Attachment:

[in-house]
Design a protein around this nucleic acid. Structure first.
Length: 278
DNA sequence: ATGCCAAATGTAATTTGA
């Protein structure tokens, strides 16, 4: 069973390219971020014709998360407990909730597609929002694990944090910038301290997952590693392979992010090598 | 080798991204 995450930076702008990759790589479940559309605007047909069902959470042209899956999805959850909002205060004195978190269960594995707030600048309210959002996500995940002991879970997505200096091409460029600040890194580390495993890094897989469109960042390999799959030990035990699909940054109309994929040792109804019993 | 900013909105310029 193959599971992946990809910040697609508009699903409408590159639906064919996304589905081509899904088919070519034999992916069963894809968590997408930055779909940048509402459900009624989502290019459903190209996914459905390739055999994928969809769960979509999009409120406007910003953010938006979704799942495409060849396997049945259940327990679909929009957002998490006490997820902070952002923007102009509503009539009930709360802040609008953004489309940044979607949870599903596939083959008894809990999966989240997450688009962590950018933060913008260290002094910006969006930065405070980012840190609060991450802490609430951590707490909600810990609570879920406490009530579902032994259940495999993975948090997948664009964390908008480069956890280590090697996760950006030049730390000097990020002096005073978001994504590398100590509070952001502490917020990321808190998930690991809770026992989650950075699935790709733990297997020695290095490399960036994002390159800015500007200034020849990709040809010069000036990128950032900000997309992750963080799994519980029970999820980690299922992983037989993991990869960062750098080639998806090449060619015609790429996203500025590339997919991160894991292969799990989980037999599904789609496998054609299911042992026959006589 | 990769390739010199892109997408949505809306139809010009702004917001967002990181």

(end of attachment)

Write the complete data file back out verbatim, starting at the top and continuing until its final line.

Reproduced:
[in-house]
Design a protein around this nucleic acid. Structure first.
Length: 278
DNA sequence: ATGCCAAATGTAATTTGA
């Protein structure tokens, strides 16, 4: 069973390219971020014709998360407990909730597609929002694990944090910038301290997952590693392979992010090598 | 080798991204 995450930076702008990759790589479940559309605007047909069902959470042209899956999805959850909002205060004195978190269960594995707030600048309210959002996500995940002991879970997505200096091409460029600040890194580390495993890094897989469109960042390999799959030990035990699909940054109309994929040792109804019993 | 900013909105310029 193959599971992946990809910040697609508009699903409408590159639906064919996304589905081509899904088919070519034999992916069963894809968590997408930055779909940048509402459900009624989502290019459903190209996914459905390739055999994928969809769960979509999009409120406007910003953010938006979704799942495409060849396997049945259940327990679909929009957002998490006490997820902070952002923007102009509503009539009930709360802040609008953004489309940044979607949870599903596939083959008894809990999966989240997450688009962590950018933060913008260290002094910006969006930065405070980012840190609060991450802490609430951590707490909600810990609570879920406490009530579902032994259940495999993975948090997948664009964390908008480069956890280590090697996760950006030049730390000097990020002096005073978001994504590398100590509070952001502490917020990321808190998930690991809770026992989650950075699935790709733990297997020695290095490399960036994002390159800015500007200034020849990709040809010069000036990128950032900000997309992750963080799994519980029970999820980690299922992983037989993991990869960062750098080639998806090449060619015609790429996203500025590339997919991160894991292969799990989980037999599904789609496998054609299911042992026959006589 | 990769390739010199892109997408949505809306139809010009702004917001967002990181």